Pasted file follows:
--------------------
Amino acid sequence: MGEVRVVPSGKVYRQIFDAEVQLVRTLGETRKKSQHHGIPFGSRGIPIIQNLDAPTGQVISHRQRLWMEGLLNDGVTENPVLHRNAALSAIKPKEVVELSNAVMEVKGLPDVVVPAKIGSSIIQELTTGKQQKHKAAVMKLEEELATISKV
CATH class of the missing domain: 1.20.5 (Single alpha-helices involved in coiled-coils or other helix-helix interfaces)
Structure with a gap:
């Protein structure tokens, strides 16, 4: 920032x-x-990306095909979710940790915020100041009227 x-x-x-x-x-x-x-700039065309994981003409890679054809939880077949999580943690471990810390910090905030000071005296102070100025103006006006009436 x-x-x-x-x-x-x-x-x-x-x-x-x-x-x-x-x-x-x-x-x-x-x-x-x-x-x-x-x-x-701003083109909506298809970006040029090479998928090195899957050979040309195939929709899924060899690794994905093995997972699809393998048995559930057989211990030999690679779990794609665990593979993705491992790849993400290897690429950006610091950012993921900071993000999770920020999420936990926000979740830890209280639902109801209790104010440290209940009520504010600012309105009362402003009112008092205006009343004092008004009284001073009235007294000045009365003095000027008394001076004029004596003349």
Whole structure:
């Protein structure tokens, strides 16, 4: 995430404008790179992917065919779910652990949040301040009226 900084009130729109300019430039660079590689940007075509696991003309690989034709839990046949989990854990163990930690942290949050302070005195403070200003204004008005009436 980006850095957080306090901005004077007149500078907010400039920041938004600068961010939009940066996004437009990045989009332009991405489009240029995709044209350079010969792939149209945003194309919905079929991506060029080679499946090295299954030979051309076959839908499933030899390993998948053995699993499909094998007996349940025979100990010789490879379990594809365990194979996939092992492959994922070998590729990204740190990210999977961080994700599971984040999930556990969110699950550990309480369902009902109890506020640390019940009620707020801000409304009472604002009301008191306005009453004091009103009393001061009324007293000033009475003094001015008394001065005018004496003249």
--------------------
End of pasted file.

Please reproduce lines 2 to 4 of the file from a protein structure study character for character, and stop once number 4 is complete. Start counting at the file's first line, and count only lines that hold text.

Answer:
CATH class of the missing domain: 1.20.5 (Single alpha-helices involved in coiled-coils or other helix-helix interfaces)
Structure with a gap:
């Protein structure tokens, strides 16, 4: 920032x-x-990306095909979710940790915020100041009227 x-x-x-x-x-x-x-700039065309994981003409890679054809939880077949999580943690471990810390910090905030000071005296102070100025103006006006009436 x-x-x-x-x-x-x-x-x-x-x-x-x-x-x-x-x-x-x-x-x-x-x-x-x-x-x-x-x-x-701003083109909506298809970006040029090479998928090195899957050979040309195939929709899924060899690794994905093995997972699809393998048995559930057989211990030999690679779990794609665990593979993705491992790849993400290897690429950006610091950012993921900071993000999770920020999420936990926000979740830890209280639902109801209790104010440290209940009520504010600012309105009362402003009112008092205006009343004092008004009284001073009235007294000045009365003095000027008394001076004029004596003349």